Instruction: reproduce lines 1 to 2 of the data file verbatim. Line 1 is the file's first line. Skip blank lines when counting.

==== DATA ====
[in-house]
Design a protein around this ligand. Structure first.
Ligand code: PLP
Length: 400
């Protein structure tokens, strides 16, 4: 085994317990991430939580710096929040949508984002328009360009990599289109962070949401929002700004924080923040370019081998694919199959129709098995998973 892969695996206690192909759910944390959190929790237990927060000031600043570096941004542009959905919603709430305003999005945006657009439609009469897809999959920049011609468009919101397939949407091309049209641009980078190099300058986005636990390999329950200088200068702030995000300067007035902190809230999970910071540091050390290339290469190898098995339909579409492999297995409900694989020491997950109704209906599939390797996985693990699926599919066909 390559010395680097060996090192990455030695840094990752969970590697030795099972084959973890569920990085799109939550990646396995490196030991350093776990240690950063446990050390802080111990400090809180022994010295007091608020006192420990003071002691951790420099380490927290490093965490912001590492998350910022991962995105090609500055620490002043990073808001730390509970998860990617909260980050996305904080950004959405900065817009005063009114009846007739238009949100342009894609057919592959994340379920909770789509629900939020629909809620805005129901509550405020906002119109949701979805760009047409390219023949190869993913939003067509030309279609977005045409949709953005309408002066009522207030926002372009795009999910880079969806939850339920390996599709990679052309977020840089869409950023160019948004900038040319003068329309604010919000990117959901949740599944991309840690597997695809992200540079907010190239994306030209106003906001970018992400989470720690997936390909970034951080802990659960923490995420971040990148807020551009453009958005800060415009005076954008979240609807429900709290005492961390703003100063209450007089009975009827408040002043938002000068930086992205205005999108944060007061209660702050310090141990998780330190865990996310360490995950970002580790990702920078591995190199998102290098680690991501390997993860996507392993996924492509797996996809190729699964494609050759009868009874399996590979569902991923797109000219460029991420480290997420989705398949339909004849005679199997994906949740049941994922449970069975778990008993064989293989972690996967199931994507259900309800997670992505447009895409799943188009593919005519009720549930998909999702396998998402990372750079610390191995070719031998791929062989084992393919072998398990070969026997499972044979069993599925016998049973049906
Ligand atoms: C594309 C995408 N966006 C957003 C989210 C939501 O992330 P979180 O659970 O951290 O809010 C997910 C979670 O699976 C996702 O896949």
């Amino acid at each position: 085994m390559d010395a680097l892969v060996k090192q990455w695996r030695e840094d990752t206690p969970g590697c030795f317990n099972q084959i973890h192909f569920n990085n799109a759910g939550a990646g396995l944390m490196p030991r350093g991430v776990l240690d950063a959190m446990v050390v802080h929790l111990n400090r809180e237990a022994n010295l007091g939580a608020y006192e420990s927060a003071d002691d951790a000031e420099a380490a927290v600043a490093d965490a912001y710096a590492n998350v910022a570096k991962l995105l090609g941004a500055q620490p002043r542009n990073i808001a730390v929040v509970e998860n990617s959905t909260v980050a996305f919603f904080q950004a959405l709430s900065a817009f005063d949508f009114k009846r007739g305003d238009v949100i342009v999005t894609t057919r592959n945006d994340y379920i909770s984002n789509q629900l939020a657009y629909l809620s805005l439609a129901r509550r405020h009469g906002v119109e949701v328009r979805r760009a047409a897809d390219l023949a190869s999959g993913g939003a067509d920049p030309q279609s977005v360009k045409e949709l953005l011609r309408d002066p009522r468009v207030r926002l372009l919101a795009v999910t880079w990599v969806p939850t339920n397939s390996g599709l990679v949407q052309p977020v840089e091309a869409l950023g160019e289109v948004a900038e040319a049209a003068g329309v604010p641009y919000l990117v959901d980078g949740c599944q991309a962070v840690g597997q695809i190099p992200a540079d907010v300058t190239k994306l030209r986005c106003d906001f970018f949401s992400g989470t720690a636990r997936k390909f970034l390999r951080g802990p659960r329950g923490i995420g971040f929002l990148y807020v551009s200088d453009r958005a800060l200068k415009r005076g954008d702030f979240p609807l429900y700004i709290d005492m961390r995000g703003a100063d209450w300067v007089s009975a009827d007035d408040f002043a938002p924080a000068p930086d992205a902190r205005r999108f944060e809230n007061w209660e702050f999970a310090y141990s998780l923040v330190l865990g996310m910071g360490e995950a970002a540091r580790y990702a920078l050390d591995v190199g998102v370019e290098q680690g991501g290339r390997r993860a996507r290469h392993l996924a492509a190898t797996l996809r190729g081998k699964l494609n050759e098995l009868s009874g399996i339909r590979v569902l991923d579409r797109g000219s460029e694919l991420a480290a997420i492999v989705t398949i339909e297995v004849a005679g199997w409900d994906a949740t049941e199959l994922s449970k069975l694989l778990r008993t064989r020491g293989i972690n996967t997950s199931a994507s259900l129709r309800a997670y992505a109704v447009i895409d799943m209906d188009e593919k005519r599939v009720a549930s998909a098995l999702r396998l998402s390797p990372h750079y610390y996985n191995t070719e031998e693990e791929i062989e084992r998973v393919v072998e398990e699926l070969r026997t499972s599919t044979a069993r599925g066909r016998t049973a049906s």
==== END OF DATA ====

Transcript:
[in-house]
Design a protein around this ligand. Structure first.